I don’t feel it’s my job to educate you on the ways of racism and I most certainly don’t have to sit quietly while you perpetuate stereotypes and support racist or exclusive ways of thinking. But in saying that when you then look at me with confused looks, it’s not my job to then become an encyclopedia of all things racism for you to bounce ideas off of. Nope. I am quite happy to sit in my limited privilege of knowing better. If you can Google a recipe for supper this evening, then your fingers can go an extra step in the other direction and seek knowledge. Everyone is seeking a hack, a 5 step break down of how to be a better human, let alone anti-racist. They ignore the fact this is literally a lifestyle, the signs are all around us, the structures, the systems and the powers that be have being here for centuries. You can’t reduce it to a hashtag or a Facebook post and on your way. I don’t have that luxury- I am BLACK everyday, not only on the days where it’s trending, but also on the days when it’s the last thing you are uncomfortable to talk about. But let’s be honest, I don’t have it all together and have much to learn, you don’t want me as your source of knowledge. Don’t contact your token friend who falls into the “different” category for the sake of their uniqueness, reach out to them because you want to know better, in order to do better. I recognize that based on the location I lived, I and people like me were in the minority, it’s just that simple, but it gets a little old being the go-to when this is merely a role given to me by chance. We must ALL do the work, read, write, research and read some more, examine and reassess our beliefs, viewpoints and ways of life- how can we ALL do better? How can we ALL stand up against any system which seeks to gain an advantage from the struggles/oppression of others. How do we want to leave this earth? Making what sort of impact?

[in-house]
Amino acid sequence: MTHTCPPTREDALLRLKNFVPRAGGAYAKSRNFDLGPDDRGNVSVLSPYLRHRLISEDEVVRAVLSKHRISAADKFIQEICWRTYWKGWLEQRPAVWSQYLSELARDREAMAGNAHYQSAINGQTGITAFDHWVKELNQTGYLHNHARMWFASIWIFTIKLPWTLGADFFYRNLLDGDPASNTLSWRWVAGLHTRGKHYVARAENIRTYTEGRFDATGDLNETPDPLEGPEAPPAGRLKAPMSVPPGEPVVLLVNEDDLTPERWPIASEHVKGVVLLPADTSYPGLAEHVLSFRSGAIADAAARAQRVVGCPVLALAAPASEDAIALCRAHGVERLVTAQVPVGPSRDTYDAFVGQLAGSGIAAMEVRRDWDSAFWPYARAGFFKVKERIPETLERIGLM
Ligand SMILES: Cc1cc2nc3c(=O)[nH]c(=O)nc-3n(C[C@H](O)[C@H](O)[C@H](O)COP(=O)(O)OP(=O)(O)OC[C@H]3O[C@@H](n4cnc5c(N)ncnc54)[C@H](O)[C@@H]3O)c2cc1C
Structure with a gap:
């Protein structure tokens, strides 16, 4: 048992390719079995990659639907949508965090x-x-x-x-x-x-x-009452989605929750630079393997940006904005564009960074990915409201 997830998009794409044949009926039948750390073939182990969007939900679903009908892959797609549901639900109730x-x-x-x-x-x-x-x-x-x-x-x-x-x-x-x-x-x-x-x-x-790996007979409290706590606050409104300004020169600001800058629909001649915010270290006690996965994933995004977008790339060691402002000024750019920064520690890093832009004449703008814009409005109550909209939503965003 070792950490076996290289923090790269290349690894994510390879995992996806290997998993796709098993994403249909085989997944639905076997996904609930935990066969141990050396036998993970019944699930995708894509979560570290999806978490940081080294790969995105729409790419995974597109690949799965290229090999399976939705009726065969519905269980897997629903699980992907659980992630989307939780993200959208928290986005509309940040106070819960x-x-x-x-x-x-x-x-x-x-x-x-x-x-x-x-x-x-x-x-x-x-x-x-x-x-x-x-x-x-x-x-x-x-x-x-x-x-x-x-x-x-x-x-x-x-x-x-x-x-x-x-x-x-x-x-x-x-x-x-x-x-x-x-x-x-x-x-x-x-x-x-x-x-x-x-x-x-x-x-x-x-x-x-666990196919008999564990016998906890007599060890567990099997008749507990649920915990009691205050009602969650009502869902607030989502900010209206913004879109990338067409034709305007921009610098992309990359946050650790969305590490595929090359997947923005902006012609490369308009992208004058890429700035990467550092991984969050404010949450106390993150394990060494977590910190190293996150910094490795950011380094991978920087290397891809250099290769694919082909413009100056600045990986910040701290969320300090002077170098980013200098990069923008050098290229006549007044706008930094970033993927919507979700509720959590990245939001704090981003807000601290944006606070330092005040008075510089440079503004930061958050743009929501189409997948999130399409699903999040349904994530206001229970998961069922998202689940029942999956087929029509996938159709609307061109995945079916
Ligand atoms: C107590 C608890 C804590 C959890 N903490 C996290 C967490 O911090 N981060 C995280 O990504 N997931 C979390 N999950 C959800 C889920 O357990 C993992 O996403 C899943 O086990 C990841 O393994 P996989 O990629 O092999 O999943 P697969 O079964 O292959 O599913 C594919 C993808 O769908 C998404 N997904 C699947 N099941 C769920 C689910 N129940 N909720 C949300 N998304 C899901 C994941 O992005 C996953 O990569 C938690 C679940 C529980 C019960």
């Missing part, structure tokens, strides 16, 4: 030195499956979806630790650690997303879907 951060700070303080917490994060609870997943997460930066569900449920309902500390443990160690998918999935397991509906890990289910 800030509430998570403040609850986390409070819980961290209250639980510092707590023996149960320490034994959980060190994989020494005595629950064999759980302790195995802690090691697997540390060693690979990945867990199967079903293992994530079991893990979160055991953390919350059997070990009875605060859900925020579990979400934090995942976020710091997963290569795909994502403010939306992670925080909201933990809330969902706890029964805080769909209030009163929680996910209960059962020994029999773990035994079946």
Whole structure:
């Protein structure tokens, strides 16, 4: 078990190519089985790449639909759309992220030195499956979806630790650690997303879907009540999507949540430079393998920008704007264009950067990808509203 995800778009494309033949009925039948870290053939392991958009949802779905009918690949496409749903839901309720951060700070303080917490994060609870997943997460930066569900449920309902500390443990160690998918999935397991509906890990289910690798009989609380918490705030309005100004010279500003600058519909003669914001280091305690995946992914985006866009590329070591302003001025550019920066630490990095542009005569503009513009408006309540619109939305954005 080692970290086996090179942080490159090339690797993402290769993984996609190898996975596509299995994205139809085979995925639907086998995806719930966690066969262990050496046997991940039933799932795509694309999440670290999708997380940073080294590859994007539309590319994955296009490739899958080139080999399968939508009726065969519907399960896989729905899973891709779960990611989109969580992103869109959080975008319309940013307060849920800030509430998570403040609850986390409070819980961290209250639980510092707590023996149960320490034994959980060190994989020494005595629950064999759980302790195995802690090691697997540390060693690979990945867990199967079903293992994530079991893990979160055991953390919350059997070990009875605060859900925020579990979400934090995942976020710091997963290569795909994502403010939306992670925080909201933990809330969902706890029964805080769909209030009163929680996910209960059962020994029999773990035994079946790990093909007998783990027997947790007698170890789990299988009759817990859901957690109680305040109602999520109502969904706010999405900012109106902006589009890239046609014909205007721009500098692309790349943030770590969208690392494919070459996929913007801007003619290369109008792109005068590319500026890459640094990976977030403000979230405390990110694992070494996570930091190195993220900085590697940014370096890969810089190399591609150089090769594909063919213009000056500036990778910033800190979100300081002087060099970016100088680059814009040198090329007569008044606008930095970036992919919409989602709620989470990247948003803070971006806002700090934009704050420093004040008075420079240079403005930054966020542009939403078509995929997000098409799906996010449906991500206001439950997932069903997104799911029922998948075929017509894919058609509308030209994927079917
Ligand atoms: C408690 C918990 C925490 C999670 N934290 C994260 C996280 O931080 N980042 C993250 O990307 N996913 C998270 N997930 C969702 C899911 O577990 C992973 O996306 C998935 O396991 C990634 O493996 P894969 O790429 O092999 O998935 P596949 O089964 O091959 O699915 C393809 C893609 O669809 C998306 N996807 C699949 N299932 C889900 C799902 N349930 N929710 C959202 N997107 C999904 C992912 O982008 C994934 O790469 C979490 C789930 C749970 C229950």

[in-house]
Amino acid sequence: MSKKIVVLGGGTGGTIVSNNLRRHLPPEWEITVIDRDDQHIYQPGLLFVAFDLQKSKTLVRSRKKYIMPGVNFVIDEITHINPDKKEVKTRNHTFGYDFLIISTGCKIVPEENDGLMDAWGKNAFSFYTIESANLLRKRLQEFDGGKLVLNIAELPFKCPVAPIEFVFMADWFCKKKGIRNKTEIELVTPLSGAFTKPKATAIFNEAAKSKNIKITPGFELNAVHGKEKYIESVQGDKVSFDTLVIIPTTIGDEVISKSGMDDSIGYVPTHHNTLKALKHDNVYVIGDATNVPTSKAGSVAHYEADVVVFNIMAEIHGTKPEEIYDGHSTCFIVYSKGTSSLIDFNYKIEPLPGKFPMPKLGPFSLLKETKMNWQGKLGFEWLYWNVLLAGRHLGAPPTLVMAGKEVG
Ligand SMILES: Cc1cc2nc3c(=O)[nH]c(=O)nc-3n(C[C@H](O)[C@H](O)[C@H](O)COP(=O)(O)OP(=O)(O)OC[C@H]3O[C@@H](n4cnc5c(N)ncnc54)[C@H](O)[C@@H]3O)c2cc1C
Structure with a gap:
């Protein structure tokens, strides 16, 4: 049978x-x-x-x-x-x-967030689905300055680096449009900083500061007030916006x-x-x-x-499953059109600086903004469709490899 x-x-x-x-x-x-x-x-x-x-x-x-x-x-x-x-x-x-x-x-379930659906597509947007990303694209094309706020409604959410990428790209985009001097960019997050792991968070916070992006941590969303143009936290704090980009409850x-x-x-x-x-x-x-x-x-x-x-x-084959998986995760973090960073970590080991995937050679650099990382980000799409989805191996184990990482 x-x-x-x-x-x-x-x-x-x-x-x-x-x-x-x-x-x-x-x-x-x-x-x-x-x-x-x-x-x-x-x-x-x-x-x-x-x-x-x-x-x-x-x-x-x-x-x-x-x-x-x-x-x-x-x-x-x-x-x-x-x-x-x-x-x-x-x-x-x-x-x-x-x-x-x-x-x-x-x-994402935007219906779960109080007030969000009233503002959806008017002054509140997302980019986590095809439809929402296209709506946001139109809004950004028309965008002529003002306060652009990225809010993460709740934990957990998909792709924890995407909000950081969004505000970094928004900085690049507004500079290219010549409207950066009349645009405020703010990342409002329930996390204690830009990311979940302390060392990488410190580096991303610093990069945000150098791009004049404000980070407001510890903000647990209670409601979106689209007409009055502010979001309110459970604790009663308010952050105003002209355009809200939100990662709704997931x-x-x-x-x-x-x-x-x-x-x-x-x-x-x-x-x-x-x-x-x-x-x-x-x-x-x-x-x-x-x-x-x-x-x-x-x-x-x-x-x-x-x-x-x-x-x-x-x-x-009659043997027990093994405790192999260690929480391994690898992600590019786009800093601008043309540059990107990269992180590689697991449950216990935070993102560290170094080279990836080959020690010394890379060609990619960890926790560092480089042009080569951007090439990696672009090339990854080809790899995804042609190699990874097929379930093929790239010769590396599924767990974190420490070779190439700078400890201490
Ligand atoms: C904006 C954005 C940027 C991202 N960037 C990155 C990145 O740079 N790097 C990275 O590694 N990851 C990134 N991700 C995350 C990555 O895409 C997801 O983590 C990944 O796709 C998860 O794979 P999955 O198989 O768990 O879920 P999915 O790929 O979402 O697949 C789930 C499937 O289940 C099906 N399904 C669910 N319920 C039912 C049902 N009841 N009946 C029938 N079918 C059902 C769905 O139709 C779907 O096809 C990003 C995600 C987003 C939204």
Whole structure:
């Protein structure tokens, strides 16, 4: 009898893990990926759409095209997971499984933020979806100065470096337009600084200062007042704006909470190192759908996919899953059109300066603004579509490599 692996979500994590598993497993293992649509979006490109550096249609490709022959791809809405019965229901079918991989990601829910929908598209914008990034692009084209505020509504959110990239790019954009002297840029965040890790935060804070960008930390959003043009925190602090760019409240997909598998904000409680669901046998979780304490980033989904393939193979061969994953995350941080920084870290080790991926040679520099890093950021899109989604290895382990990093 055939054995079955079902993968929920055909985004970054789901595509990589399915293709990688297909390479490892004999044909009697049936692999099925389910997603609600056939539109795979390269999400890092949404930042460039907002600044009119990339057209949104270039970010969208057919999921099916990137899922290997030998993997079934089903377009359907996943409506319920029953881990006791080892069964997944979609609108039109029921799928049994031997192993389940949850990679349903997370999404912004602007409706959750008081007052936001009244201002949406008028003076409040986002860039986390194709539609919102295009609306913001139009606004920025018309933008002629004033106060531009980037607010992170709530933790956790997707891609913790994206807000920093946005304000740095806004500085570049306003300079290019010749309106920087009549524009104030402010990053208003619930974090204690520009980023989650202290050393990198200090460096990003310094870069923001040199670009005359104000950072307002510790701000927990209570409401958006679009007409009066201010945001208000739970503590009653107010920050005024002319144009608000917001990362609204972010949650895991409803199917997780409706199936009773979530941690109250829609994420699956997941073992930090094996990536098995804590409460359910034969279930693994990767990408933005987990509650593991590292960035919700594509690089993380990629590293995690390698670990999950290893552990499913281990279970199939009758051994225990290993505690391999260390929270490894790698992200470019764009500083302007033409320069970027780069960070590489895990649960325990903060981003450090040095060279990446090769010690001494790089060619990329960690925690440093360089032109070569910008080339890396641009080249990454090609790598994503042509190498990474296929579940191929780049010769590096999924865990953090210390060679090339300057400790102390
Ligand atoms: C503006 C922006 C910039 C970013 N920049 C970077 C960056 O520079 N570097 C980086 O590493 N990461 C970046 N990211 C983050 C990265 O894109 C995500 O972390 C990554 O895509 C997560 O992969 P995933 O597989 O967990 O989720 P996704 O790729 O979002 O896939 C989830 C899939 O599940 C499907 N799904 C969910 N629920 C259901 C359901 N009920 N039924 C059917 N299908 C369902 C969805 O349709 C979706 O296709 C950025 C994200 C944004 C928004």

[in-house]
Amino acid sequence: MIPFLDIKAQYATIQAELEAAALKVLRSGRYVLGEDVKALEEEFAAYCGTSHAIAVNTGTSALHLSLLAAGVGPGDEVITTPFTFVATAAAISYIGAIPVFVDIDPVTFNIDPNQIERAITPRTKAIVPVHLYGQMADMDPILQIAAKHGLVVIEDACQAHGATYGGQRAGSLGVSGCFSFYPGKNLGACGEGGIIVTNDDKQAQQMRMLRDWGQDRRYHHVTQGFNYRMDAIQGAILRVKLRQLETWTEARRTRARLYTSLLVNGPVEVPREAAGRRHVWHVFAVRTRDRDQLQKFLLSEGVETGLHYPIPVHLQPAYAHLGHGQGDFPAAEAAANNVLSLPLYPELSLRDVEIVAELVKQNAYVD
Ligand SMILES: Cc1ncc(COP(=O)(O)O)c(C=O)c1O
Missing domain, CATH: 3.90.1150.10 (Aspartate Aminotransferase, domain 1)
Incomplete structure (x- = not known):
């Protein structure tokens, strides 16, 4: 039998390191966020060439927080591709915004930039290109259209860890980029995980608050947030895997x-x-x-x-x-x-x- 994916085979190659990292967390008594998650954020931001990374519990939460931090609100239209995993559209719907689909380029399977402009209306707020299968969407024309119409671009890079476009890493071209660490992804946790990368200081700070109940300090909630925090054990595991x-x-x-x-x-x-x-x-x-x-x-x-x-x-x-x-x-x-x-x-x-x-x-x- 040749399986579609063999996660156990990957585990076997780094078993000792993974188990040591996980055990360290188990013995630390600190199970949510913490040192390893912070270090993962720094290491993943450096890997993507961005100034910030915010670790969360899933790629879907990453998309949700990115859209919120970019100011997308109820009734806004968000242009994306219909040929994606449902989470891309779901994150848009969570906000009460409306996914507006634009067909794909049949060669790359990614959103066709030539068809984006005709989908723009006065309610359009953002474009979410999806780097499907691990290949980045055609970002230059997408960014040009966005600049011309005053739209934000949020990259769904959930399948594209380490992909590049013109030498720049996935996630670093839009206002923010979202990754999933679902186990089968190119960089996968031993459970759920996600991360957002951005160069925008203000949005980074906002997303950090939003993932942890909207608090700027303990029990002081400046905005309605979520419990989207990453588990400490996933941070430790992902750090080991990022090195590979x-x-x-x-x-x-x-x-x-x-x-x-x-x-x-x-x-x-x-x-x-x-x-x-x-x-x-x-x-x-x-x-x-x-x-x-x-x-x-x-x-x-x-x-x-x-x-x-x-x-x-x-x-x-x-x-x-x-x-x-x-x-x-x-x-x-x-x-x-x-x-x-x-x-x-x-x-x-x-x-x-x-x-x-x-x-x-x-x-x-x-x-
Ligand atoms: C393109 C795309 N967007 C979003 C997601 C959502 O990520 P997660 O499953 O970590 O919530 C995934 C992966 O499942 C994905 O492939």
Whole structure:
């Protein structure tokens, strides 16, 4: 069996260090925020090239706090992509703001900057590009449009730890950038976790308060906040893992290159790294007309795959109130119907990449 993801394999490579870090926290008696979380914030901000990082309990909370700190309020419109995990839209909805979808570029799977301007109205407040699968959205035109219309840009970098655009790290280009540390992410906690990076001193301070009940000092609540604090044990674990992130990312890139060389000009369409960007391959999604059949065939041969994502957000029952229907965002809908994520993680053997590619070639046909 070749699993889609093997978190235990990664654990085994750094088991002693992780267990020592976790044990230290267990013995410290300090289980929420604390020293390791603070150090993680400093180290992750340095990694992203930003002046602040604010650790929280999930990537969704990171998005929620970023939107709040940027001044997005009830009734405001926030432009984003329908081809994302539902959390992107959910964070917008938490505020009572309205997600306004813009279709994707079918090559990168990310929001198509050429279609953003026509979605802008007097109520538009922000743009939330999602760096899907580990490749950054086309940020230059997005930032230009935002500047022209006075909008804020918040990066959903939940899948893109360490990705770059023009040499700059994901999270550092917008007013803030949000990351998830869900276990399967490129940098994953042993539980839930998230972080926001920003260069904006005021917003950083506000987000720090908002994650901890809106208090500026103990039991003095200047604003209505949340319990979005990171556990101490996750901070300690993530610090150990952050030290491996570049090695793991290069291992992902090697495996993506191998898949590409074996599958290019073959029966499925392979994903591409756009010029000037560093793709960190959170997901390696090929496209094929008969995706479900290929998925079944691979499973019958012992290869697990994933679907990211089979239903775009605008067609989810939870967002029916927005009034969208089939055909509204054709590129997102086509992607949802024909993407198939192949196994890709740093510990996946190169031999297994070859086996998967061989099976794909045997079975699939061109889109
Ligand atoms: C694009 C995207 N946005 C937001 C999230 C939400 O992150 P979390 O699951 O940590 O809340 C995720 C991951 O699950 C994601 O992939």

That’s part of my frustration, but maybe it’s not all a bad thing? What do you think? Should I be more relaxed about people inquiring about racism with me? Should I maybe welcome the fact that they are open to a discussion and have chosen me because I appear knowledgeable? As it’s all about perspective, is there another viewpoint I could be taking in regards to this? Share with us and let us know, I really would like to see it from another perspective and hear different viewpoints on this.


Images from: the “i’m tired” project, Art by Chayla & TeePublic

One response to “I Can’t Be Woke For You”